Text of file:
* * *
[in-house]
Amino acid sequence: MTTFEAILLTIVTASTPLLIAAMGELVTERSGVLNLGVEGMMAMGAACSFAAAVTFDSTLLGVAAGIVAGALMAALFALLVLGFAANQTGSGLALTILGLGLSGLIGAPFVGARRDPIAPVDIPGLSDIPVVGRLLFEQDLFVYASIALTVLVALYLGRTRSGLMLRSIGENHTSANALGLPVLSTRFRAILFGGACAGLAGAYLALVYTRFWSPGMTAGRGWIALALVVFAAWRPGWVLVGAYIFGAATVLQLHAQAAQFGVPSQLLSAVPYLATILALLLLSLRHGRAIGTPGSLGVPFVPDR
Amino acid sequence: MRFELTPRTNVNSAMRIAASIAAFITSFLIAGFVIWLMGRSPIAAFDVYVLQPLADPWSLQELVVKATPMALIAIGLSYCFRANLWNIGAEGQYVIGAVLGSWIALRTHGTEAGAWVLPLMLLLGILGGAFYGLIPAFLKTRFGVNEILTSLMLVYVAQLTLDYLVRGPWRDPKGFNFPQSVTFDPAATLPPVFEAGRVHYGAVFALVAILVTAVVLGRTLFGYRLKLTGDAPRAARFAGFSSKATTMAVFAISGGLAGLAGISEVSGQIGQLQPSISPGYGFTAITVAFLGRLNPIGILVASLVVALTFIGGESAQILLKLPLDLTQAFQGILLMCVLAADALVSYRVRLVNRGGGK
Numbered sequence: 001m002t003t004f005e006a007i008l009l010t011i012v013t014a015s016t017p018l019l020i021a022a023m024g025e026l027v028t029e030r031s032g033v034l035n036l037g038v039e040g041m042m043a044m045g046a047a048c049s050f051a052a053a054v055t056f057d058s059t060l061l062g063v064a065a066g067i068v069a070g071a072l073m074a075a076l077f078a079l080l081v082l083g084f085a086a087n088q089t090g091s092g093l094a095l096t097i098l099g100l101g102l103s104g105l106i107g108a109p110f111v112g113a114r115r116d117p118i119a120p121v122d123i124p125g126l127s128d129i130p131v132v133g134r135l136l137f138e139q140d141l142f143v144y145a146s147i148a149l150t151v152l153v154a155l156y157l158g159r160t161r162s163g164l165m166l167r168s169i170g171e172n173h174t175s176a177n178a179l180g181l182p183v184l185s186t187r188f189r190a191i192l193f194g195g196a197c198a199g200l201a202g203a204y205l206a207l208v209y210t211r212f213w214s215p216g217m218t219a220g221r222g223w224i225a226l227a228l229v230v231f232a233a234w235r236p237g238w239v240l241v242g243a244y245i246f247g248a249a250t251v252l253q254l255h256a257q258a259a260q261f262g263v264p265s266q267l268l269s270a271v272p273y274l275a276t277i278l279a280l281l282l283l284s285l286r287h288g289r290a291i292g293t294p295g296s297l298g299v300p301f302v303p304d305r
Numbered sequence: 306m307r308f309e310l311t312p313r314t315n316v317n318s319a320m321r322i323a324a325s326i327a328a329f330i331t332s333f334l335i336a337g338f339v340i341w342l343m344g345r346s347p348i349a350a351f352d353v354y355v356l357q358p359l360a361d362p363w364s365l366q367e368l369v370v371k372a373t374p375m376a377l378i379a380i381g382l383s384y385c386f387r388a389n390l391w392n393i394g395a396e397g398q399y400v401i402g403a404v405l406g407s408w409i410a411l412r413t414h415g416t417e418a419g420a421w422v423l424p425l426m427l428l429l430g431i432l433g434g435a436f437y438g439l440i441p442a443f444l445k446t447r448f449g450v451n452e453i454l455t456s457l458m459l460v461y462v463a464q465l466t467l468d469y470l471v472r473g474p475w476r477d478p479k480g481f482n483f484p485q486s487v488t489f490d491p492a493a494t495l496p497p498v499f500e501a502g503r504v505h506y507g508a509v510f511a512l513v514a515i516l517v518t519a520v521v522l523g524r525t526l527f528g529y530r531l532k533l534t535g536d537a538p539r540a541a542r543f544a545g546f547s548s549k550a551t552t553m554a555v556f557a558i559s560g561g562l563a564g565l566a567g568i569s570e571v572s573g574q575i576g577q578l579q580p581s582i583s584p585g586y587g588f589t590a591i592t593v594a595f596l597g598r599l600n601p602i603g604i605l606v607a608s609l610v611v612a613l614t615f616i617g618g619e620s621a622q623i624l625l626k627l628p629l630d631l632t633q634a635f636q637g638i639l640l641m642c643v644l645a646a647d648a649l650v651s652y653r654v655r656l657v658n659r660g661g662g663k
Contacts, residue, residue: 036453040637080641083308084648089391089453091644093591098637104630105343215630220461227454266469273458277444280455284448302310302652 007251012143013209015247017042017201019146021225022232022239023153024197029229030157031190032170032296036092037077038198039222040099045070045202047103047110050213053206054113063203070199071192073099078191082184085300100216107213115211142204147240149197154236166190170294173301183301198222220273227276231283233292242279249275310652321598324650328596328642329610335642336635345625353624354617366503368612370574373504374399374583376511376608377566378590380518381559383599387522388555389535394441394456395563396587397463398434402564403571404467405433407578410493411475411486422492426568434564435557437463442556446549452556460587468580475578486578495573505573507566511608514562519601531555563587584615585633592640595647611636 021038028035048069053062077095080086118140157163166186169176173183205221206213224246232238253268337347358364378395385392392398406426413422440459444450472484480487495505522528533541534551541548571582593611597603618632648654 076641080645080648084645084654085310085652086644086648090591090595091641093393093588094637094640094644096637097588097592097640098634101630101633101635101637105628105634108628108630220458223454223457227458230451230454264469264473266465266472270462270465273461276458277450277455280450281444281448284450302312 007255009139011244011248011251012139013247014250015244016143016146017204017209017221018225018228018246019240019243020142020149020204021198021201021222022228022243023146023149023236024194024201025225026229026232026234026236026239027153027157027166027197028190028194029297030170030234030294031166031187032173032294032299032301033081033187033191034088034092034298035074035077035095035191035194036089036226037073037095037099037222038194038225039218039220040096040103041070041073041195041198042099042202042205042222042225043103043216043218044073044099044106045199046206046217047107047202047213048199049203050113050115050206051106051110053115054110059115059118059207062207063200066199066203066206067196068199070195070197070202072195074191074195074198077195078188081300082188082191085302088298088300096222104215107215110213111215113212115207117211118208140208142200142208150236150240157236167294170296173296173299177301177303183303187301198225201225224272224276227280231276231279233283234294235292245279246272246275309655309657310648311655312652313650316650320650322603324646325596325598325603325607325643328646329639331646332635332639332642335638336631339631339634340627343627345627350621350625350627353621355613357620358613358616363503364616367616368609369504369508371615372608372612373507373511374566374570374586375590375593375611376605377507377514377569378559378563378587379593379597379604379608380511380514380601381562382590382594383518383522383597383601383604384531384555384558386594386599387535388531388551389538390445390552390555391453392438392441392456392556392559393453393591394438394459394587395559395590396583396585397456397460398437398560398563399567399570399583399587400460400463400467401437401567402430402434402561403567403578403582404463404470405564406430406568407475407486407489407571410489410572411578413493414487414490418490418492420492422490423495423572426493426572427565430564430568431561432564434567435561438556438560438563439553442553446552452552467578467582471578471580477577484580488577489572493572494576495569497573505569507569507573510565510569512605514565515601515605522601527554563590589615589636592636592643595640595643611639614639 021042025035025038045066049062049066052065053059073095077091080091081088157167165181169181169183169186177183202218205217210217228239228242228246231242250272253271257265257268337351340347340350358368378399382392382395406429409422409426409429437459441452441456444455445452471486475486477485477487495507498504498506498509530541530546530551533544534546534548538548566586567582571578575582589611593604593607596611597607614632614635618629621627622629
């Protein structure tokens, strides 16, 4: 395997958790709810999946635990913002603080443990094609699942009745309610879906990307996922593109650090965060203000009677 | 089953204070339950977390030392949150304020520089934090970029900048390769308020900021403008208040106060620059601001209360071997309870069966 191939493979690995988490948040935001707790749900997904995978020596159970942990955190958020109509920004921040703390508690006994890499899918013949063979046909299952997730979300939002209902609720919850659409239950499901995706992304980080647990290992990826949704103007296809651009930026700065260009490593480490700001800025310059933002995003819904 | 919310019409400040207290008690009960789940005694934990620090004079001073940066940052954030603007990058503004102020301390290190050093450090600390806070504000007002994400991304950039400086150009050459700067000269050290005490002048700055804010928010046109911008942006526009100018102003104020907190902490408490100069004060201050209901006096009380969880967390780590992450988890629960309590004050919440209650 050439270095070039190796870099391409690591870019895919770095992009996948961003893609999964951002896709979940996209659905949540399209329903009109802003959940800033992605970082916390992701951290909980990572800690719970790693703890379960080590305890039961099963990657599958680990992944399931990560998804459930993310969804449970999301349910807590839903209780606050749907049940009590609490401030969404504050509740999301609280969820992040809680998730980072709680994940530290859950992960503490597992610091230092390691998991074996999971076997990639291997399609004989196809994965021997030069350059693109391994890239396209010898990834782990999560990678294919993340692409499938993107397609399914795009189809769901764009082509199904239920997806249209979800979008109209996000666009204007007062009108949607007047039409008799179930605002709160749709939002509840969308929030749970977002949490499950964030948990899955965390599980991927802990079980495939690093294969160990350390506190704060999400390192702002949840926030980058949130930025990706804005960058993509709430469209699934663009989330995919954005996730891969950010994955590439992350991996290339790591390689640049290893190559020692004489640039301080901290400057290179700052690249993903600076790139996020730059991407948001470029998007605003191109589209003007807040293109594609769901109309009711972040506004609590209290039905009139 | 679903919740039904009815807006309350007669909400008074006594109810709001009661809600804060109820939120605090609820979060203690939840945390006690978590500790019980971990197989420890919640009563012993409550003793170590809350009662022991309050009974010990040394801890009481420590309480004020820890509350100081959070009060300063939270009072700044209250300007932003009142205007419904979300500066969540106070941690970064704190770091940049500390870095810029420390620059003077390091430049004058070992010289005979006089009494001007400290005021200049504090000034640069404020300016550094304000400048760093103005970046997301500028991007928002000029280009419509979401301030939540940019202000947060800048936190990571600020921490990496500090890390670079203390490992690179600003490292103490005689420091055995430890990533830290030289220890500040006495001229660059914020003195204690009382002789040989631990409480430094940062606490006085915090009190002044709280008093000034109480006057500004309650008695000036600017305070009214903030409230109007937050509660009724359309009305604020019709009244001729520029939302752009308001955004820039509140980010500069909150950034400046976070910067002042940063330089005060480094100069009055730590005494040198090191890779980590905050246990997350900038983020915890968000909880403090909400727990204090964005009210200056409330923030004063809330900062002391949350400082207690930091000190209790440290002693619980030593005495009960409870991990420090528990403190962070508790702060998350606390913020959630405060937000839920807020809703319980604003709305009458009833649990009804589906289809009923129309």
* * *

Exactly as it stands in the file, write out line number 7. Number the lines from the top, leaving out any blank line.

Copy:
């Protein structure tokens, strides 16, 4: 395997958790709810999946635990913002603080443990094609699942009745309610879906990307996922593109650090965060203000009677 | 089953204070339950977390030392949150304020520089934090970029900048390769308020900021403008208040106060620059601001209360071997309870069966 191939493979690995988490948040935001707790749900997904995978020596159970942990955190958020109509920004921040703390508690006994890499899918013949063979046909299952997730979300939002209902609720919850659409239950499901995706992304980080647990290992990826949704103007296809651009930026700065260009490593480490700001800025310059933002995003819904 | 919310019409400040207290008690009960789940005694934990620090004079001073940066940052954030603007990058503004102020301390290190050093450090600390806070504000007002994400991304950039400086150009050459700067000269050290005490002048700055804010928010046109911008942006526009100018102003104020907190902490408490100069004060201050209901006096009380969880967390780590992450988890629960309590004050919440209650 050439270095070039190796870099391409690591870019895919770095992009996948961003893609999964951002896709979940996209659905949540399209329903009109802003959940800033992605970082916390992701951290909980990572800690719970790693703890379960080590305890039961099963990657599958680990992944399931990560998804459930993310969804449970999301349910807590839903209780606050749907049940009590609490401030969404504050509740999301609280969820992040809680998730980072709680994940530290859950992960503490597992610091230092390691998991074996999971076997990639291997399609004989196809994965021997030069350059693109391994890239396209010898990834782990999560990678294919993340692409499938993107397609399914795009189809769901764009082509199904239920997806249209979800979008109209996000666009204007007062009108949607007047039409008799179930605002709160749709939002509840969308929030749970977002949490499950964030948990899955965390599980991927802990079980495939690093294969160990350390506190704060999400390192702002949840926030980058949130930025990706804005960058993509709430469209699934663009989330995919954005996730891969950010994955590439992350991996290339790591390689640049290893190559020692004489640039301080901290400057290179700052690249993903600076790139996020730059991407948001470029998007605003191109589209003007807040293109594609769901109309009711972040506004609590209290039905009139 | 679903919740039904009815807006309350007669909400008074006594109810709001009661809600804060109820939120605090609820979060203690939840945390006690978590500790019980971990197989420890919640009563012993409550003793170590809350009662022991309050009974010990040394801890009481420590309480004020820890509350100081959070009060300063939270009072700044209250300007932003009142205007419904979300500066969540106070941690970064704190770091940049500390870095810029420390620059003077390091430049004058070992010289005979006089009494001007400290005021200049504090000034640069404020300016550094304000400048760093103005970046997301500028991007928002000029280009419509979401301030939540940019202000947060800048936190990571600020921490990496500090890390670079203390490992690179600003490292103490005689420091055995430890990533830290030289220890500040006495001229660059914020003195204690009382002789040989631990409480430094940062606490006085915090009190002044709280008093000034109480006057500004309650008695000036600017305070009214903030409230109007937050509660009724359309009305604020019709009244001729520029939302752009308001955004820039509140980010500069909150950034400046976070910067002042940063330089005060480094100069009055730590005494040198090191890779980590905050246990997350900038983020915890968000909880403090909400727990204090964005009210200056409330923030004063809330900062002391949350400082207690930091000190209790440290002693619980030593005495009960409870991990420090528990403190962070508790702060998350606390913020959630405060937000839920807020809703319980604003709305009458009833649990009804589906289809009923129309």